ACLU Releases Report on Treatment for Incarcerated People with Opioid Use Disorder
Failure to medicate people in prisons and jails leads to death and overdoses, report finds
WASHINGTON — The American Civil Liberties Union released a report today chronicling access to medication for addiction treatment (MAT) for incarcerated people with opioid use disorder (OUD) in states around the country, with a spotlight on relevant data, legislation, litigation, and client stories.
The report, Over-Jailed and Un-Treated: How the Failure to Provide Treatment for Substance Use in Prisons and Jails Fuels the Overdose Epidemic, shares insights from the ACLU’s litigation across the country, including false claims by some prisons and jails that they offer MAT programs, despite significant shortcomings. Key findings presented in the report include:
- The lifesaving impact of providing MAT: The risk of unnatural death — including overdose, suicide, and other preventable causes — was 87 percent lower for incarcerated people on MAT compared to incarcerated people with OUD not on MAT. MAT reduces the risk of death from an overdose by 75 percent in the weeks following release. People who are forced off of their MAT are seven times as likely to die of an overdose.
- False claims by some prisons and jails that they offer MAT programs, despite significant shortcomings. Those include offering MAT only in the days leading up to release, rather than throughout incarceration; offering MAT only to individuals who were already on it in the community, rather than everyone for whom it is medically appropriate; and kicking people off of their life-saving medication for disciplinary violations or a failed drug test.
- The momentum of the movement to provide MAT, including legal wins in ACLU cases and the number of jails and prisons providing MAT tripling over the past three years.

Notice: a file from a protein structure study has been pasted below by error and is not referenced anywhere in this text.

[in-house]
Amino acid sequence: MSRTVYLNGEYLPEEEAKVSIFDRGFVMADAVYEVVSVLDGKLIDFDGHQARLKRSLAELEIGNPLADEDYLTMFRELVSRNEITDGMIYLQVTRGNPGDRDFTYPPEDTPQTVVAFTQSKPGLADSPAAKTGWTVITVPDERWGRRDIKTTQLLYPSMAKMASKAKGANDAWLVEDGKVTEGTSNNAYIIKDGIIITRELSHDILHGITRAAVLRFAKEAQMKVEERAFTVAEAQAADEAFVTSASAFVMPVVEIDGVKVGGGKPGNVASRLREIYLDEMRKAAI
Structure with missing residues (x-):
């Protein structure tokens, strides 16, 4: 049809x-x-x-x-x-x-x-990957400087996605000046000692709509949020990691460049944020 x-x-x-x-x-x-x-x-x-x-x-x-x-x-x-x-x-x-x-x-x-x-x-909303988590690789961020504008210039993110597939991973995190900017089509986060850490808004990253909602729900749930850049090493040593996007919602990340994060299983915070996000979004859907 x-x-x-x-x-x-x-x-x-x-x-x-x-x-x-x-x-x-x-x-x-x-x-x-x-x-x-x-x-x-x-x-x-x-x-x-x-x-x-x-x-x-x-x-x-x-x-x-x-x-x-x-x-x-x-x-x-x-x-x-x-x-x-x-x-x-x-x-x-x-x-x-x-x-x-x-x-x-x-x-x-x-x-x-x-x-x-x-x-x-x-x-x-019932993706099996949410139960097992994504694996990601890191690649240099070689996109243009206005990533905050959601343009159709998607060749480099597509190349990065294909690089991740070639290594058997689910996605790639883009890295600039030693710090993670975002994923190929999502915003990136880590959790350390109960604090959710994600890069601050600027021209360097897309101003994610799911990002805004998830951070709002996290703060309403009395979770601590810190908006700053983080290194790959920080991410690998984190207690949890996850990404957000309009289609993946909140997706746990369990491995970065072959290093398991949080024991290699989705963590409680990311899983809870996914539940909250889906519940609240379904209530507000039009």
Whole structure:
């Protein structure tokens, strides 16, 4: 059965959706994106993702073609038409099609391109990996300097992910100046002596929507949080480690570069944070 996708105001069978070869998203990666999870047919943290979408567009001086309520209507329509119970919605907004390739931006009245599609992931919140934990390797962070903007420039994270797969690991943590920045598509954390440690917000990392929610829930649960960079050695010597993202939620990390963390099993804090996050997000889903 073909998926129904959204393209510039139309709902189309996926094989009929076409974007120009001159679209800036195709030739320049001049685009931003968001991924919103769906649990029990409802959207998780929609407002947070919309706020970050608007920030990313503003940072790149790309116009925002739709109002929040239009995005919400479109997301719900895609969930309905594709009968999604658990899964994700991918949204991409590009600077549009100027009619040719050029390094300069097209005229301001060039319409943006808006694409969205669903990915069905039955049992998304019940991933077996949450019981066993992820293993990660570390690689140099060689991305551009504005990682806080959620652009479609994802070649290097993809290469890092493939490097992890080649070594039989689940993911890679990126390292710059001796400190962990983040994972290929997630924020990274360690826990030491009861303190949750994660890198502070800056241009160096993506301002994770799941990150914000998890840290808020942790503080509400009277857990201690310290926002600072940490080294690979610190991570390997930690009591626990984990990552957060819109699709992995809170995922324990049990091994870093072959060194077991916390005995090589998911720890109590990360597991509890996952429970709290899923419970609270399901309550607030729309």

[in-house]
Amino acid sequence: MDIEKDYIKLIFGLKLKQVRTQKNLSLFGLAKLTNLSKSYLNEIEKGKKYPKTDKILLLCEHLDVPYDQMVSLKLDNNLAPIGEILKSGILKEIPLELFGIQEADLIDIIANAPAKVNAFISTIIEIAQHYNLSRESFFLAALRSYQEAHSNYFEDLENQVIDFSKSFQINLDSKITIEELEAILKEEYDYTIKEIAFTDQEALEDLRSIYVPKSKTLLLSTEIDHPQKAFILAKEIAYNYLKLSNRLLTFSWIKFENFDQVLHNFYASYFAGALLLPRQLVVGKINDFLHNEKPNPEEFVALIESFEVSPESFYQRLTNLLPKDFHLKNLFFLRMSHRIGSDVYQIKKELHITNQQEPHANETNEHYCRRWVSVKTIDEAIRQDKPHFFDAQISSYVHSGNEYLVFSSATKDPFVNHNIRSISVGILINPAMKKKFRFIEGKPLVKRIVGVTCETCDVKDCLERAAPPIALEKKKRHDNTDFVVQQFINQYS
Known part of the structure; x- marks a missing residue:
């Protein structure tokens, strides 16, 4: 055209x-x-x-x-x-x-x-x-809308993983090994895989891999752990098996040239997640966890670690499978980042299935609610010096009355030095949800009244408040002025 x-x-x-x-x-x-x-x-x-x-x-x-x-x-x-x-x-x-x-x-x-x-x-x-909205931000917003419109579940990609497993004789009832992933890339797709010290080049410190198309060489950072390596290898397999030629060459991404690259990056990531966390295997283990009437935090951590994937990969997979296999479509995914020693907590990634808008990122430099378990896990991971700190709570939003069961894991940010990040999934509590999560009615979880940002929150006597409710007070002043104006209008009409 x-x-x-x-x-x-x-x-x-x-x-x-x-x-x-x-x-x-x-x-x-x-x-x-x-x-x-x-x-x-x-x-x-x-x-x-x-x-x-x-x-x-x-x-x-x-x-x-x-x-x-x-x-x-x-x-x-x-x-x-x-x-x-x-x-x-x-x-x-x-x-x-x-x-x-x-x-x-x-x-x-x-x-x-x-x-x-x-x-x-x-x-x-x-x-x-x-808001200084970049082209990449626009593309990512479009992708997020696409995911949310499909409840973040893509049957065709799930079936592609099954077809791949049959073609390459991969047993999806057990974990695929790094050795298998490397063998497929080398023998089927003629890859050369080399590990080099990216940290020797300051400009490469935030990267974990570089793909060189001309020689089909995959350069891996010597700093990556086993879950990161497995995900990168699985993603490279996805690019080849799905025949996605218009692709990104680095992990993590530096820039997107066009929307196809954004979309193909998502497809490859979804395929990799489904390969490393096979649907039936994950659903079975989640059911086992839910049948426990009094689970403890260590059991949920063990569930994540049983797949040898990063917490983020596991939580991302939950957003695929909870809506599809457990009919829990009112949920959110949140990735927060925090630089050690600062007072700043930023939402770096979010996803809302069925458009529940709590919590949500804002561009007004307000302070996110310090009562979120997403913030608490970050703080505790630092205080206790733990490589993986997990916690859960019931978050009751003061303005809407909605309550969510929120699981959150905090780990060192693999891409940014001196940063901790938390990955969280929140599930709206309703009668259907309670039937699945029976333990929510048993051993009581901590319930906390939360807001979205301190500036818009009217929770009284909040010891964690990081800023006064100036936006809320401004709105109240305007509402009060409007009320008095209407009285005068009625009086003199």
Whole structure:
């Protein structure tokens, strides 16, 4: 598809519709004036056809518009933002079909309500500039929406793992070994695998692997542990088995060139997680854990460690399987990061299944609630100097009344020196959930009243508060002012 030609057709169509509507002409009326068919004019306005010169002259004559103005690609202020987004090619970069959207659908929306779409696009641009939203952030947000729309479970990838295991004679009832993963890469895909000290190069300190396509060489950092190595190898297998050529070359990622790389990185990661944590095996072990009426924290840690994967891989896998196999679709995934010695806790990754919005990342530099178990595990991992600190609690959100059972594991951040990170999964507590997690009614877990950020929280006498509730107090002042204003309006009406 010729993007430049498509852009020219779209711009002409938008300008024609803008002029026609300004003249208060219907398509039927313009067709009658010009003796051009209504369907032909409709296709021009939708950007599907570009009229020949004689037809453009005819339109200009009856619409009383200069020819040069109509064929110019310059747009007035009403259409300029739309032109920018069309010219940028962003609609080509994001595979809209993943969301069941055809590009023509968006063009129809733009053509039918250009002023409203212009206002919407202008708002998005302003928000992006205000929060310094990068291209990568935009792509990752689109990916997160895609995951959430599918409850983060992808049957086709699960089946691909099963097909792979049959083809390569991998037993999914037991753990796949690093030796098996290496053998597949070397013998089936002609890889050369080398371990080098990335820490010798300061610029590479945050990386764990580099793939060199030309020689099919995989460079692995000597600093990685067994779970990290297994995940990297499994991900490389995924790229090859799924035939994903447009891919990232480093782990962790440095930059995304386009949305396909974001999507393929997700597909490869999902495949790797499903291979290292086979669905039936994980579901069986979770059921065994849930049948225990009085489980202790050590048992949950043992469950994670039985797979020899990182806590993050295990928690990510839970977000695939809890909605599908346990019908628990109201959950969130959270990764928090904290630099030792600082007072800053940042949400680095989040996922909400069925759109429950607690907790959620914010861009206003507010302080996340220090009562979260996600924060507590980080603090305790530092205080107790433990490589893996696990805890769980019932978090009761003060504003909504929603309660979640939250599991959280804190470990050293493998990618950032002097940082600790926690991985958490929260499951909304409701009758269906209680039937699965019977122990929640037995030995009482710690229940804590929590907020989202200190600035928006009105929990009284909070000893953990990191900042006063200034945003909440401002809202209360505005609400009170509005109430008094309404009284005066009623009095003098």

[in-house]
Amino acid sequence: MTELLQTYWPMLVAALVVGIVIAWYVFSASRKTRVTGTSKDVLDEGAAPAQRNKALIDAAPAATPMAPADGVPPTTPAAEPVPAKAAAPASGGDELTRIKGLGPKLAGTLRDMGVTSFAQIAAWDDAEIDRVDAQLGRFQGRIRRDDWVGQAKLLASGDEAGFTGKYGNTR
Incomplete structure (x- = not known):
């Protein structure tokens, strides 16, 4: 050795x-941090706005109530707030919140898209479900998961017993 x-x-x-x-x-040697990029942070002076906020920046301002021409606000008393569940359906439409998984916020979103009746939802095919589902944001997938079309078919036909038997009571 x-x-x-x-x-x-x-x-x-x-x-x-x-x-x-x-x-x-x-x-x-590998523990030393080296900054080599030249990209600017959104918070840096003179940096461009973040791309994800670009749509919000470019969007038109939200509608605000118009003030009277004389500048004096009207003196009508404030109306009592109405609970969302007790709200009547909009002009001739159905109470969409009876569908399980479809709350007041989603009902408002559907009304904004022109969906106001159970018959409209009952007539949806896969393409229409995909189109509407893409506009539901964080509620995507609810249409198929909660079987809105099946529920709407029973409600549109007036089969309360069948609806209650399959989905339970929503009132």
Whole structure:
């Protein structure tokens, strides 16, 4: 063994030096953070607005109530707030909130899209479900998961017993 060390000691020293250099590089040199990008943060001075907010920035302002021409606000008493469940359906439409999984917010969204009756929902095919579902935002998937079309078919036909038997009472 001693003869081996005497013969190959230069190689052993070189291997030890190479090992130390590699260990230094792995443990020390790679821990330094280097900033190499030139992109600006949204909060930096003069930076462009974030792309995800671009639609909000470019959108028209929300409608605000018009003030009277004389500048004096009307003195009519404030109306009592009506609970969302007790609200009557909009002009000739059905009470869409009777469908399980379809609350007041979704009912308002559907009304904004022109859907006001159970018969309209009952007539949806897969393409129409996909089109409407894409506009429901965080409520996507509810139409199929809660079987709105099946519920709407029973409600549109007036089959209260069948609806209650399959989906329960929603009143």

“About a quarter of the prison and jail population in the United States has OUD, and the data is absolutely clear that providing MAT to incarcerated people with OUD saves lives,” said Joseph Longley, fellow at the ACLU’s National Prison Project. “Still, far too many prisons and jails refuse to provide this essential treatment. The war on drugs has clearly failed — we must stop criminalizing addiction. But if the government insists on incarcerating individuals with opioid use disorder, they must commit to treating these individuals humanely and effectively with MAT. Everywhere we have taken this issue to court, we have won or settled. We won’t stop fighting until incarcerated people’s access to treatment for substance use disorders is not up for debate.”
The report reads: “Thousands of other incarcerated people are being denied their medication for addiction treatment every day that they are in jail or prison, making it far more likely that they will overdose while they are incarcerated or upon their release, or that they will end up back in jail or prison. The lack of medication for addiction treatment also creates a powerful demand for opioids inside of jails and prisons, making jails and prisons more dangerous. For too many, there is no time to wait for another lawsuit. Providing medication for addiction treatment to incarcerated people is a matter of life and death.”
The ACLU has filed litigation on behalf of clients seeking MAT access in Illinois, Kansas, Maine, Massachusetts, Montana, New Mexico, New York, and Washington. We won court-ordered victories for our clients in Maine and Massachusetts.
The full report is online here.
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